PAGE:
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General Information

Name in local language: Chiesa di Padre Pio
Beginning of works: 1991
Completion: 2004
Status: in use

Project Type

Structure: Truss
Function / usage: Church

Location

Location: , , ,
Coordinates: 41° 42' 25.29" N    15° 42' 11.27" E
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Technical Information

Dimensions

covered area 7 200 m²

Materials

arches stone
truss steel
veneer copper

Products, Services & Reports

Using a specially developed industrial process, TECU® copper sheets are patinated green on one side.

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Notes

The new pilgrimage church of Padre Pio at San Giovanni Rotondo in southern Italy is crowned by one of the largest church roofs in Europe, realised under direction of the Renzo Piano Building Workshop. For the project, only natural, durable materials were used. The immense roof skin, for example, was finished entirely in pre-patinated copper of the TECU® Patina brand. In total, 19,500 m² were used for the complex design. The supporting structure consists of a combination of wood and the Apulian limestone typical of the region.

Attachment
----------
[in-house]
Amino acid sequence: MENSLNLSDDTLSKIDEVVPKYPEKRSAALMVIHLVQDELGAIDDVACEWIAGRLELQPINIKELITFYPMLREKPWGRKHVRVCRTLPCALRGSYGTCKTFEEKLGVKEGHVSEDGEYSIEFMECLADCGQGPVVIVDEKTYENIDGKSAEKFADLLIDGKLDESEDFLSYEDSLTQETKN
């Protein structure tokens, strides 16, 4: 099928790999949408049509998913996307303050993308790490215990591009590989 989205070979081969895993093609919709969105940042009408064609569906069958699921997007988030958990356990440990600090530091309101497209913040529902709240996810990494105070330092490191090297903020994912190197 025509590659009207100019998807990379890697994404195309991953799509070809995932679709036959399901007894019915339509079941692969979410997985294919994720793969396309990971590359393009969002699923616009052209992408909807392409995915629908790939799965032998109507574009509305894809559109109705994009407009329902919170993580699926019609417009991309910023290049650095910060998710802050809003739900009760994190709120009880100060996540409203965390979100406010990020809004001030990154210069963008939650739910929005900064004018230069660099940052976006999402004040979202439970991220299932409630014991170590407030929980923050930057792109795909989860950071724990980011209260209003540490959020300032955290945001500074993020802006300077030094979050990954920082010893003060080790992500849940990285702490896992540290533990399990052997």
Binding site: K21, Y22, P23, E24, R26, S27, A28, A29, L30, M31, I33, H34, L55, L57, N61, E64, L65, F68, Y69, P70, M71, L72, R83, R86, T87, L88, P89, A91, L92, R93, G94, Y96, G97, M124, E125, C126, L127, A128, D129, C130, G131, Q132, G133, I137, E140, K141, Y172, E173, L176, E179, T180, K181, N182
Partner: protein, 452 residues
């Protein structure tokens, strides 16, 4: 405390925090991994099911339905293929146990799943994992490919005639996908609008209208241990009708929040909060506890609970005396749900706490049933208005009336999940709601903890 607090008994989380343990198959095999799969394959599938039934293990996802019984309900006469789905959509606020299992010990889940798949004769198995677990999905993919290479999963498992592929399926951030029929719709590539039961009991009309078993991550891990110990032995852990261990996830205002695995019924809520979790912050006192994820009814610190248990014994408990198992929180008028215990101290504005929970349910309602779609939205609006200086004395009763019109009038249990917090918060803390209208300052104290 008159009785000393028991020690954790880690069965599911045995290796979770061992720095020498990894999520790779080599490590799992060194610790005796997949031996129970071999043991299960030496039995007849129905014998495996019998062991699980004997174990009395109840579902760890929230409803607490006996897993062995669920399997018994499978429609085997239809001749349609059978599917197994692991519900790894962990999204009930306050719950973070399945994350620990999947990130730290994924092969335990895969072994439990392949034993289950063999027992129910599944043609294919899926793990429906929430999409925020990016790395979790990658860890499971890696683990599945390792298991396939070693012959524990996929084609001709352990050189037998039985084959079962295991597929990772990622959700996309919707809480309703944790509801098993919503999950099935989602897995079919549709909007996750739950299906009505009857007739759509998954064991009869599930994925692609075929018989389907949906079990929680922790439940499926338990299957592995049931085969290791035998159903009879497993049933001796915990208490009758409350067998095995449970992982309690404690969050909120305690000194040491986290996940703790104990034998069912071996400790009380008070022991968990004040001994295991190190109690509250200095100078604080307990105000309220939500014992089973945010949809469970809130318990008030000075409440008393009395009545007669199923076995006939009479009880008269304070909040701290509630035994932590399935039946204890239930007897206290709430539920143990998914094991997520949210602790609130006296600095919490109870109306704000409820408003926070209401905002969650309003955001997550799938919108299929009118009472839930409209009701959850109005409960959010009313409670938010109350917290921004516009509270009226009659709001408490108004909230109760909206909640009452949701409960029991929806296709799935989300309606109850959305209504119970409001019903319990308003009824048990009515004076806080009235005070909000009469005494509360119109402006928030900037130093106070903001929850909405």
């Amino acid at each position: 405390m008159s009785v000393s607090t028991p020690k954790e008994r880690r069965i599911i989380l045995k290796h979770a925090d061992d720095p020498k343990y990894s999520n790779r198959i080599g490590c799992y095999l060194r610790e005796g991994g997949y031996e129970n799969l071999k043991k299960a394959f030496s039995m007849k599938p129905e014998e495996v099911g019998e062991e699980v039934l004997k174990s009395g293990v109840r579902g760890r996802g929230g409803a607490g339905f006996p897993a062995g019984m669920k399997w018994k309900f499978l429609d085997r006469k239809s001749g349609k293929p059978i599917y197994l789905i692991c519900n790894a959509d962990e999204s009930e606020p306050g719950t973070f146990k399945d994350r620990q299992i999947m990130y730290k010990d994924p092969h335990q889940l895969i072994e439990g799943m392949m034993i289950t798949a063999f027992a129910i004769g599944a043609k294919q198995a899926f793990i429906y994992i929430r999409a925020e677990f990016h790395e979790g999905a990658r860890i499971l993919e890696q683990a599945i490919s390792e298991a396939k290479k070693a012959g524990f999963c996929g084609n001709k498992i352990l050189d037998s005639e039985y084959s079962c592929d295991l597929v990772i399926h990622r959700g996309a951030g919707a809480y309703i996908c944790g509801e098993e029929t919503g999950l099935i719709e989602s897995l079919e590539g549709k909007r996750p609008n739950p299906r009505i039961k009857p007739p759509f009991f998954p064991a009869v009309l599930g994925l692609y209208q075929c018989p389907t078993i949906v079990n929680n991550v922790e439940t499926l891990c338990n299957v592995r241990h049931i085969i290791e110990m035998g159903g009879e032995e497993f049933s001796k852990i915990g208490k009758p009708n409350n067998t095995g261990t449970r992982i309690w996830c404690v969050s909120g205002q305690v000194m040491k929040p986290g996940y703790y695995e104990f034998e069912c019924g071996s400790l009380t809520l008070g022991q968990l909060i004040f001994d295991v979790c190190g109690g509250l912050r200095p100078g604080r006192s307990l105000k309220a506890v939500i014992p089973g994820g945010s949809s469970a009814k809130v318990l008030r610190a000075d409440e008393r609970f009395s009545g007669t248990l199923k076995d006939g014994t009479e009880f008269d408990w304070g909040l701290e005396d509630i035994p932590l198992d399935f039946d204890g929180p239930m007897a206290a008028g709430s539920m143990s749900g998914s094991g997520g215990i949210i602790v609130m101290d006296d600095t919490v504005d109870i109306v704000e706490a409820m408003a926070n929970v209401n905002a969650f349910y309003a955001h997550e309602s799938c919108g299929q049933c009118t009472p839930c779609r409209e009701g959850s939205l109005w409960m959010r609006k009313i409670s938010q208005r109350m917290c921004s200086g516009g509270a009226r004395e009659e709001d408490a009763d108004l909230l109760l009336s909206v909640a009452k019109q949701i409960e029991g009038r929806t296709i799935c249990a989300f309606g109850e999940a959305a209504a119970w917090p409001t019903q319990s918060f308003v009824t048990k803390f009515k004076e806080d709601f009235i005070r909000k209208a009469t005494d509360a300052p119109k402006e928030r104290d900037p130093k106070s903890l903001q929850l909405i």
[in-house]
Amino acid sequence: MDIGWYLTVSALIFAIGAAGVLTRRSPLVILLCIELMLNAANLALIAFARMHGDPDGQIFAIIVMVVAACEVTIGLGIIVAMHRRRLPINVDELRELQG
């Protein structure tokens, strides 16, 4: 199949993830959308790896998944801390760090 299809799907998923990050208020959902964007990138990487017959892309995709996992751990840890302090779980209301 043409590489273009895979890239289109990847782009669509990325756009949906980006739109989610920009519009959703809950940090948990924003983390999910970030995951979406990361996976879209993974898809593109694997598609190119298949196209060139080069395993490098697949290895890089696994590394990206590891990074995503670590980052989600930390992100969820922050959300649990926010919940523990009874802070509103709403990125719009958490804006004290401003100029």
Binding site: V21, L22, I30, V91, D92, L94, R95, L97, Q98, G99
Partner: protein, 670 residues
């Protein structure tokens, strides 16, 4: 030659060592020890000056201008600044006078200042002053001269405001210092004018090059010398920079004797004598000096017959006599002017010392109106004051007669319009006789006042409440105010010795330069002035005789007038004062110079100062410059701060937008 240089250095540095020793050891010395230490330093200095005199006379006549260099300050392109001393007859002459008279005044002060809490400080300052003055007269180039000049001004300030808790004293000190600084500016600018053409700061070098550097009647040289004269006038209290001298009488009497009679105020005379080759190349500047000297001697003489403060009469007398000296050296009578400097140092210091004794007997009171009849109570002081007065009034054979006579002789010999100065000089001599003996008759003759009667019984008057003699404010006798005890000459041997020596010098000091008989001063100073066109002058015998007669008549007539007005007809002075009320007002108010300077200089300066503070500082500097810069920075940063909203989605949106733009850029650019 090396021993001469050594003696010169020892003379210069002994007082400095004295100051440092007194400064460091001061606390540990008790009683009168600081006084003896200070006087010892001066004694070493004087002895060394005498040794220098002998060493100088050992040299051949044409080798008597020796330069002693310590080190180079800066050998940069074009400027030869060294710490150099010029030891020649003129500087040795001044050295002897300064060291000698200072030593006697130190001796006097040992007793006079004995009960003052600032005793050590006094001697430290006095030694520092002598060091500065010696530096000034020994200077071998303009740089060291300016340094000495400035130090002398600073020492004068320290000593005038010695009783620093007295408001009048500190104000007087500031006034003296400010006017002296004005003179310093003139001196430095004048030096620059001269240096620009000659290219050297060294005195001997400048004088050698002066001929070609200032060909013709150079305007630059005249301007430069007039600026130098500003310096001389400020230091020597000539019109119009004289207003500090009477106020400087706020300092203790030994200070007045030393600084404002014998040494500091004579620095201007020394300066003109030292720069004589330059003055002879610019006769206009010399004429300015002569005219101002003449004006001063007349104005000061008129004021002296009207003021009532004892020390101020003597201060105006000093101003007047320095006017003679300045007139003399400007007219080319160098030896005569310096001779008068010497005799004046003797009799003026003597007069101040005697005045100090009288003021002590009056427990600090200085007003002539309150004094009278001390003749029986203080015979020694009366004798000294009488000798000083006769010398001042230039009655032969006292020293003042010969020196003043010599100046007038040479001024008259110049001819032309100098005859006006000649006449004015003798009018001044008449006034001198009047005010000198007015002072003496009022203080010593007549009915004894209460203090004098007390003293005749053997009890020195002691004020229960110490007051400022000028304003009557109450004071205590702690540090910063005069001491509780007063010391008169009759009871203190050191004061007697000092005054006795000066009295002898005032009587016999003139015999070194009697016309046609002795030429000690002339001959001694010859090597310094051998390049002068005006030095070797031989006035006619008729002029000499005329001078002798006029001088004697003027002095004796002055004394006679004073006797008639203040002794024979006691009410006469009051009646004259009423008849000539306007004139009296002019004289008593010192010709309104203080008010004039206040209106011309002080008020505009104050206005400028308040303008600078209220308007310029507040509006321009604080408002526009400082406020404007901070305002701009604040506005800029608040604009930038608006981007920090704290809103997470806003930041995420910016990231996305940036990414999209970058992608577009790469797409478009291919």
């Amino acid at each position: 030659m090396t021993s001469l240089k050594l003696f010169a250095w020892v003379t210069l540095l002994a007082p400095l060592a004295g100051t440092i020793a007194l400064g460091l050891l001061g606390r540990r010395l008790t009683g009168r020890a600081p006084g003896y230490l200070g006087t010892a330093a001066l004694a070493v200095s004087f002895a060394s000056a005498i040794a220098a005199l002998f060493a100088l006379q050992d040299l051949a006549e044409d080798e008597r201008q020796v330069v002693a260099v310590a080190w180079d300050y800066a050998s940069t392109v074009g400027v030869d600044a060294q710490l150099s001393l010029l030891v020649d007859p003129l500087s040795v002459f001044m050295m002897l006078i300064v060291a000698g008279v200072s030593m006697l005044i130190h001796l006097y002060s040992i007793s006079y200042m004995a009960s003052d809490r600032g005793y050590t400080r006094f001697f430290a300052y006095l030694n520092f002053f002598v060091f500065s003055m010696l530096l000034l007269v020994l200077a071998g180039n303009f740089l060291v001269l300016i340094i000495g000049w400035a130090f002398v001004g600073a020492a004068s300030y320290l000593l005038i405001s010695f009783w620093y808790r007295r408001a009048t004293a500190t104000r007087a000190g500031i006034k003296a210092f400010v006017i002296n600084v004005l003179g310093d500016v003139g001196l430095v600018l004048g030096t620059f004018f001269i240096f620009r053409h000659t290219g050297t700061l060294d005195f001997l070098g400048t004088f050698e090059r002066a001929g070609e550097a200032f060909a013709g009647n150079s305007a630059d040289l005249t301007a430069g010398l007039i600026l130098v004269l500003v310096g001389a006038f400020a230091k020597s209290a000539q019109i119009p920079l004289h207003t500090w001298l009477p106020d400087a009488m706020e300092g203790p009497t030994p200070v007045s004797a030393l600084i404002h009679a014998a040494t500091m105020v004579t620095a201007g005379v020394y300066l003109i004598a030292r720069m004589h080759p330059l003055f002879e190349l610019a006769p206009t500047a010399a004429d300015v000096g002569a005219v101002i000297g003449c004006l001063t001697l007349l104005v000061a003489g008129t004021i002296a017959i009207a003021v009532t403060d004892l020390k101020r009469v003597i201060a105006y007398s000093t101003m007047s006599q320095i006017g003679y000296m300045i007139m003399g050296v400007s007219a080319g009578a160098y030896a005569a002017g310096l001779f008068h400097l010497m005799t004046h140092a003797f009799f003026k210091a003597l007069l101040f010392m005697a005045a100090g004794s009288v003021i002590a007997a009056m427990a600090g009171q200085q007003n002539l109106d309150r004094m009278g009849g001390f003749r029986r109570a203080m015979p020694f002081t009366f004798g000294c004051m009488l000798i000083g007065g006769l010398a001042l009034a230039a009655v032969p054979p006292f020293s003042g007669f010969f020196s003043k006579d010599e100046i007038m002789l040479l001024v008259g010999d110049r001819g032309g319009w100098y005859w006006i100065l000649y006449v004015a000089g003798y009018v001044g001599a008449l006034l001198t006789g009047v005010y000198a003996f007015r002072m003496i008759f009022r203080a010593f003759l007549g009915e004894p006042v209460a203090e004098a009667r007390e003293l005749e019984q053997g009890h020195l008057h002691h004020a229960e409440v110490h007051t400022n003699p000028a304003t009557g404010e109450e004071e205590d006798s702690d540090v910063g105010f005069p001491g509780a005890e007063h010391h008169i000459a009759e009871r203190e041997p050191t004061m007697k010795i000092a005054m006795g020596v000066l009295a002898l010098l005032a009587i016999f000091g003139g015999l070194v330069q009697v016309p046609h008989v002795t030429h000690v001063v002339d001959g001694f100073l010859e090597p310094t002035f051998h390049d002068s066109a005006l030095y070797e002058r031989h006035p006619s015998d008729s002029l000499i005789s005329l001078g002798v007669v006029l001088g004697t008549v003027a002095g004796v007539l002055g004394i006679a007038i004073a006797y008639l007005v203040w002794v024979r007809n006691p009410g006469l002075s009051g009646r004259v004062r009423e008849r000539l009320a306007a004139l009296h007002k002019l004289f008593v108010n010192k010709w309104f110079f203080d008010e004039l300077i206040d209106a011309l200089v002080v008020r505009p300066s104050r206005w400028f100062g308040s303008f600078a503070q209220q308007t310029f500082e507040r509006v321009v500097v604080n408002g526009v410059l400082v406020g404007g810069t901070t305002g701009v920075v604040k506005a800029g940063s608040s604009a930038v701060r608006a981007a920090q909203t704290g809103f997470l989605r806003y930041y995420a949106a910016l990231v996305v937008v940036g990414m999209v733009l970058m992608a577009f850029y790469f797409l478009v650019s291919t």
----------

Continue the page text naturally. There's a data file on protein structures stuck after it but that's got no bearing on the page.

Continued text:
Reminiscent of the protective function of a giant snail shell, the bright green copper roof nestles between the hills of the Gargano promontory. The impressive stylistic expression of the building, the innovative use of the material TECU® Patina and the masterly execution of the complicated roof form have placed a distinctive symbol in the environs. In contrast to the other buildings in the immediate area, which have largely arisen in a short time span in response to the steady increase in the numbers of visitors to the village, the copper church roof creates a direct and striking link to the fundamental purpose of this place: to enable pilgrims from all over the world to worship together here.

The use of the material TECU® Patina has created an interesting link between tradition and innovation. Copper has been used as roofing material for church domes for centuries, and that for good reason: the natural material derives its proverbial durability from within itself. Under the effect of weather in the open air, copper surfaces form a protective oxide layer that steadily develops and gradually gives the material its characteristic green patina. Copper of the TECU® Patina brand is already pre-patinated on one side using an industrial process at the factory, and thus has the appropriate green surface right from the outset, which after being installed in the open air continues to develop naturally. The green patina typical of church roofs is therefore immediately present without having to wait for decades of oxidation. At the same time, the well-known good working properties of copper are fully retained: almost no other material offers such diverse opportunities for forming – a property that was crucial in achieving the highly individual design of the roof landscape that characterizes the church at San Giovanni Rotondo.